Mutants on both sides take the streets, whether it be standing in long lines for the cure or protesting to preserve the future of a culture.

One of the first questions raised in the movie is fairly obvious. If a cure for your particular disability was available tomorrow, would you seek to acquire it? For the sake of the principle, let’s exclude considerations such as the improbability that past body changes as a result of your disability could ever be altered.

At the moment the cure was injected in this hypothetical condition, all mutant differences from the majority were eradicated. Many, if not all, of us have already pondered this question and likely have a determined opinion on what our personal decision on this matter might be.

The representative of Mutant Affairs also had strong feelings along these lines, which strongly opposed the notion of cure.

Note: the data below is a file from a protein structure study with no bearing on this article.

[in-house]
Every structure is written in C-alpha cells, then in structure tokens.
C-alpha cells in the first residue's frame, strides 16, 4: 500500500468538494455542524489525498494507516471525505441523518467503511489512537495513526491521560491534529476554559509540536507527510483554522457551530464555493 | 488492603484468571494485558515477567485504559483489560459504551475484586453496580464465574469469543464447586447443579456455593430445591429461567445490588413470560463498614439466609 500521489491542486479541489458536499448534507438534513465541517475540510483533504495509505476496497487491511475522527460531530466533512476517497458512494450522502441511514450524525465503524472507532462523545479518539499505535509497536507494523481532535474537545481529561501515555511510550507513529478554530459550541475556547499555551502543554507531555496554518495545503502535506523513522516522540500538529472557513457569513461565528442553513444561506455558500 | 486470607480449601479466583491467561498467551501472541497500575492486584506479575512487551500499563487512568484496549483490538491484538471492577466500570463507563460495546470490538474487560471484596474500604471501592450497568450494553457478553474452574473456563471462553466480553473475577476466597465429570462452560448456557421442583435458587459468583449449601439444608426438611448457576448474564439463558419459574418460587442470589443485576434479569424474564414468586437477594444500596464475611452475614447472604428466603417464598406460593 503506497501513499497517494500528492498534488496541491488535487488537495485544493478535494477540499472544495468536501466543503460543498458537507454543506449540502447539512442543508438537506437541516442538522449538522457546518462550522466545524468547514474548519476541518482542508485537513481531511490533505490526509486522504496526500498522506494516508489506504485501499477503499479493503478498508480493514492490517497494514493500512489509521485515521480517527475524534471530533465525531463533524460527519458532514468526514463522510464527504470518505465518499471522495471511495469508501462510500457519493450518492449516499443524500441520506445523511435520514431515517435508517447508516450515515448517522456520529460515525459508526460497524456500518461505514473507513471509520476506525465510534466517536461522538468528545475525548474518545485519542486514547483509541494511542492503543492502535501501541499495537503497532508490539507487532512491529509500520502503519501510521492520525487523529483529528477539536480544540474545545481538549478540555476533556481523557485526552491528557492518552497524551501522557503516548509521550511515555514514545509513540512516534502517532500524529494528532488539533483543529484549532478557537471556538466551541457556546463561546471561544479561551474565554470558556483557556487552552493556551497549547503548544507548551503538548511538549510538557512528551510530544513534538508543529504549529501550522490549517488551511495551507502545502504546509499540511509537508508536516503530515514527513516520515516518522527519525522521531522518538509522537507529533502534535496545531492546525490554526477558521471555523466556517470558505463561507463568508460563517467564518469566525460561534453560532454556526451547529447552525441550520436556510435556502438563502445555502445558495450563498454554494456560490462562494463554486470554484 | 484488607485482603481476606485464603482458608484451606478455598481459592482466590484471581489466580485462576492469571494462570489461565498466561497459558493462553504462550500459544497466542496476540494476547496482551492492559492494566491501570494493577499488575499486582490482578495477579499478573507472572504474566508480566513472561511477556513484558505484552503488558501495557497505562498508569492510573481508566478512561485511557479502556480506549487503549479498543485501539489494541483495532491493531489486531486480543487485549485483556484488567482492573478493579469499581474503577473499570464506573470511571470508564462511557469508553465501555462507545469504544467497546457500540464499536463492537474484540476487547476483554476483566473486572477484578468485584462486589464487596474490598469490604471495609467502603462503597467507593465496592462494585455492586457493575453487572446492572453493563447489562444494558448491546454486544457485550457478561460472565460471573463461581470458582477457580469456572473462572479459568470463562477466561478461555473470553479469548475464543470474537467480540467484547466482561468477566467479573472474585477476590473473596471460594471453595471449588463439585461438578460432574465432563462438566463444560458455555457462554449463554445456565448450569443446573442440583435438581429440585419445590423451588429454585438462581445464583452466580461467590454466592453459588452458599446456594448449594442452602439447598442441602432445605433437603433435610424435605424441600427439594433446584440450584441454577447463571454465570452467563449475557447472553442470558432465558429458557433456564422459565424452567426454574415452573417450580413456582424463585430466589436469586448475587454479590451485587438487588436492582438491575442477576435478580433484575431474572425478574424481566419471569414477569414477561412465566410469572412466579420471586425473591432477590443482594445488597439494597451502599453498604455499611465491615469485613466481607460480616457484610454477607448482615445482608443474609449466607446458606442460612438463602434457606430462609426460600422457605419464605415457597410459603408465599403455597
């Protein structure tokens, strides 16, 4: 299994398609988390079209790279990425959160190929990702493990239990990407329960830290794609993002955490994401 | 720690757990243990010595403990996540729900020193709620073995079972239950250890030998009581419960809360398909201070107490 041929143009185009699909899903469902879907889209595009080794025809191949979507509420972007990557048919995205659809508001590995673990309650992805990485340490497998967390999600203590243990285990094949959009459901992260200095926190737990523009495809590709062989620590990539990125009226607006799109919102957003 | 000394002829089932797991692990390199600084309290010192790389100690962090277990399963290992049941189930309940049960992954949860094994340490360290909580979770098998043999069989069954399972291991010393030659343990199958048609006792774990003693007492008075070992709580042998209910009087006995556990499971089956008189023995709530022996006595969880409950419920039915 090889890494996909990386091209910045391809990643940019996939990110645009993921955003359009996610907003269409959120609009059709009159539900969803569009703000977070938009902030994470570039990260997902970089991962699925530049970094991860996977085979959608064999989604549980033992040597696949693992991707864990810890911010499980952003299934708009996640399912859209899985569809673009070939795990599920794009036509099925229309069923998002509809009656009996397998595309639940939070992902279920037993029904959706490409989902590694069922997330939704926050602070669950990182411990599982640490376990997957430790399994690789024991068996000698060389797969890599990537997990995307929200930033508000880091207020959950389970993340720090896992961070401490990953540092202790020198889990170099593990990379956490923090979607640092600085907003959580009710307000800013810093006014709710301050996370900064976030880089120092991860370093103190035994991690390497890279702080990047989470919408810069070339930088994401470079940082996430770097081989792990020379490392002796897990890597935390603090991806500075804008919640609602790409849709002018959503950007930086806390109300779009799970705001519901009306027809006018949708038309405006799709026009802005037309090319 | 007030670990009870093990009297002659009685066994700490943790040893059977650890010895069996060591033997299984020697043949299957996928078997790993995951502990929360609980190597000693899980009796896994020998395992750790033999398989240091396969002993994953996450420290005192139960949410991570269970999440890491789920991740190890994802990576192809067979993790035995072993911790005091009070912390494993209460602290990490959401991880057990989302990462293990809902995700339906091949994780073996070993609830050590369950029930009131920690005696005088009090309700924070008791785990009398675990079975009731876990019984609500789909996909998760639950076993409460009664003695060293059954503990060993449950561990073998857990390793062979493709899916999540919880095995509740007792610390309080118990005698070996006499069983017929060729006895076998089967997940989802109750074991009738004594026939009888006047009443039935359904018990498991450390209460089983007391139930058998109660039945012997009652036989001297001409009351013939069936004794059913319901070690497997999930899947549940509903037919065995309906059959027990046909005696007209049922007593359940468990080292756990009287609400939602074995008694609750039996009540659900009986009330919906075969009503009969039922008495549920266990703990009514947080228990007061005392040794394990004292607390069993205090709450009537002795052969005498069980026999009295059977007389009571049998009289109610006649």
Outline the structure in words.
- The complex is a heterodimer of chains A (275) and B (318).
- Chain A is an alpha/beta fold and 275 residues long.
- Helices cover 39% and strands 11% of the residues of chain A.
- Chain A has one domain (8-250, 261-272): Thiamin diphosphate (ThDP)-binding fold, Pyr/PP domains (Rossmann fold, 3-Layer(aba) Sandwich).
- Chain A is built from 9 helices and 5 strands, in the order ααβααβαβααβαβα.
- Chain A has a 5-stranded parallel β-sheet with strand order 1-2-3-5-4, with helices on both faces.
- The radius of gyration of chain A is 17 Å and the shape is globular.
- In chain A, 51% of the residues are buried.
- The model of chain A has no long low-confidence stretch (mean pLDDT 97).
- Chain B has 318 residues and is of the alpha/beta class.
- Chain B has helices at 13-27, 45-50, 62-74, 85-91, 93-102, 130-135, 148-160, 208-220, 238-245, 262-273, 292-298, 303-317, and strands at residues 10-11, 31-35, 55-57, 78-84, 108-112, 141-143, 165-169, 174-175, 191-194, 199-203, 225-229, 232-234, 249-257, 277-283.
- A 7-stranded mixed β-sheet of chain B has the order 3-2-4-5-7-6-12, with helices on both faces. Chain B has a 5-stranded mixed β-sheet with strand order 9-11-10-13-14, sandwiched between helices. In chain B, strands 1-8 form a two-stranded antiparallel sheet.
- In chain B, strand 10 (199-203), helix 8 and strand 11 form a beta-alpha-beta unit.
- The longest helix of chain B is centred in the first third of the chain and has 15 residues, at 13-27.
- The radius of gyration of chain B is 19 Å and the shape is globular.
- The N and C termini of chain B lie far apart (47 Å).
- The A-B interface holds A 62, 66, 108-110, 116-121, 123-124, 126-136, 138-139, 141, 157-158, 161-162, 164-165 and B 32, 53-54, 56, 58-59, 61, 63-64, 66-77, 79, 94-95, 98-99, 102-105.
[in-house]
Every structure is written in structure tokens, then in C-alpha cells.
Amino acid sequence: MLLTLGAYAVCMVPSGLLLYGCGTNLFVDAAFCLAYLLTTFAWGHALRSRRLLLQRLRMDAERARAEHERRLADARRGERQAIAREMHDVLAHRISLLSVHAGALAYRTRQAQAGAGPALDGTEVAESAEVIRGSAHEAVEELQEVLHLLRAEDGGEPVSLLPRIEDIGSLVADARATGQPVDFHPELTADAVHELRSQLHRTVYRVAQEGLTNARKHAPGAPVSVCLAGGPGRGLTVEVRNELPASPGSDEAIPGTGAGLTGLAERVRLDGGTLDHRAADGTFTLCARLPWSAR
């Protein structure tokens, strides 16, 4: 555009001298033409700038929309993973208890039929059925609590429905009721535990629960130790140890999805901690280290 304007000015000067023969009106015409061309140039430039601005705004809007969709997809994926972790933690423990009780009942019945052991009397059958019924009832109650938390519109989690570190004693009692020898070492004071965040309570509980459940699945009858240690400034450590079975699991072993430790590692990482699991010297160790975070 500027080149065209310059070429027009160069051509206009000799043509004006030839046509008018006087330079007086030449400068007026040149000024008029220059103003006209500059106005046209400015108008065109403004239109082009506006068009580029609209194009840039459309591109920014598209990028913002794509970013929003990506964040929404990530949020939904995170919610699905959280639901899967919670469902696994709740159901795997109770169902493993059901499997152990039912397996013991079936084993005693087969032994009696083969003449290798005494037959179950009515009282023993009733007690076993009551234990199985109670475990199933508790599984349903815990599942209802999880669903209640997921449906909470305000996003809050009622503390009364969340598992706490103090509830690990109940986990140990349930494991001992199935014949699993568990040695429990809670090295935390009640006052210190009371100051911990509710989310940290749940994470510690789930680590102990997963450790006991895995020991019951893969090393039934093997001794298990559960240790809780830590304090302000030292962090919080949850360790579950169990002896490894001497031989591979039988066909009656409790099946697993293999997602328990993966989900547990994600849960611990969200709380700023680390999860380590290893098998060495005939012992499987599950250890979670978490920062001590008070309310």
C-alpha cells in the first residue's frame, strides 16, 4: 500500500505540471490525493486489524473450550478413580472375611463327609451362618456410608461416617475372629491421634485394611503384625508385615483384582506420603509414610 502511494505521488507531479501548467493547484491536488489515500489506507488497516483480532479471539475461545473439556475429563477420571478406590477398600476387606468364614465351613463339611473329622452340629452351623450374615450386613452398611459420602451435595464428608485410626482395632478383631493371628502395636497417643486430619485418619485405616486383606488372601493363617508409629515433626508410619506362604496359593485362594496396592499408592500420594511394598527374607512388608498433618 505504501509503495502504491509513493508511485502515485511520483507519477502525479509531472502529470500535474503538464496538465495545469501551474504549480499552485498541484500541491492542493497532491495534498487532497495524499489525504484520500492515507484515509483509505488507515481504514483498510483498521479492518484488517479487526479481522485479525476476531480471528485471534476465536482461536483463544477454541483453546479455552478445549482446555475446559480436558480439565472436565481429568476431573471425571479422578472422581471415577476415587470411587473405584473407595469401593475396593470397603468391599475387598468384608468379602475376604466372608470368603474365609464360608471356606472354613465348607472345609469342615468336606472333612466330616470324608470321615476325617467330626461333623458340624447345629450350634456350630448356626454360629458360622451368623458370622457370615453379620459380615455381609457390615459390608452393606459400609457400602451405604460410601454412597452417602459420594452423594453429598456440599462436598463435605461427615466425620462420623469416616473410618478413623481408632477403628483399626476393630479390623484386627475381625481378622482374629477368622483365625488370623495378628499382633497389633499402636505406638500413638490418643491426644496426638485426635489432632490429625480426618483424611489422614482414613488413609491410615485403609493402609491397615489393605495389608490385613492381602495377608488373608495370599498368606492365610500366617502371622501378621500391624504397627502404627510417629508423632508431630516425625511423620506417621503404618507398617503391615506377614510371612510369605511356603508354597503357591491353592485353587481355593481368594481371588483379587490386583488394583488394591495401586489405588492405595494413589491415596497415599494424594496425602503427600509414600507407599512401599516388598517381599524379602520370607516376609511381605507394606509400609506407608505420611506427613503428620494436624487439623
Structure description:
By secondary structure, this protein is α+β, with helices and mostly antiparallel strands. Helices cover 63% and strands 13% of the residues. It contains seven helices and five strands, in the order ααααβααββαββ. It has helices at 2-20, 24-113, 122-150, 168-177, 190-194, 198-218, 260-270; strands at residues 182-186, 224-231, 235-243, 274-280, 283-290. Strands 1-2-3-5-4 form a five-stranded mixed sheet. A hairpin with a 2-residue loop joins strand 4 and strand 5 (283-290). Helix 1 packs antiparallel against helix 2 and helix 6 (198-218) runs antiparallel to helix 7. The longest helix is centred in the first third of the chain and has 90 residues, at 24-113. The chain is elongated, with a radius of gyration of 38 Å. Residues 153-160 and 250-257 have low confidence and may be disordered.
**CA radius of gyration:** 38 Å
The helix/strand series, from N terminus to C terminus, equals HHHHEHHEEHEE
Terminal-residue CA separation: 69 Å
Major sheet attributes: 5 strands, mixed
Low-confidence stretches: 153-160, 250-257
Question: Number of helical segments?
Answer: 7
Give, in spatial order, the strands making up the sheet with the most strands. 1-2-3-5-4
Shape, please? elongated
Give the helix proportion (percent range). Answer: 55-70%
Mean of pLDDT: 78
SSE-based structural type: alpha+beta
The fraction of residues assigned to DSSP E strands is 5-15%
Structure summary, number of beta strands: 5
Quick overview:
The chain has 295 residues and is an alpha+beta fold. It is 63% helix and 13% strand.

Still, one of the more subtle, yet poignant, moments in the film occurs when this character touches the boy from whom the cure was developed.

A simple handshake temporarily morphs the representative’s hand into normal function and appearance. Without speaking, the character’s gaze at his now normal hand brings about the question of whether even the most hard core of our activists might at least temporarily waiver on the same question were it to actually be raised in our world.

As the movie erupts into a few battles, another interesting parallel is drawn reflecting many recent controversies of the disability community that have elicited quarreling within the culture and the ever present danger of apathy.

Two groups of mutants are led throughout all three of these films, not as necessarily arch enemies, but as two parties of sorts with differing agendas. For this reason, they often do square off, but they remain bonded by their mutant status.

The X-men are composed of a group of elite leaders, which fight for both the preservation of their culture and acceptance into the greater society. Their goal could be conceptualized as inclusion without assimilation. This group excitingly enough is led by a character in a wheelchair, Professor Xavier.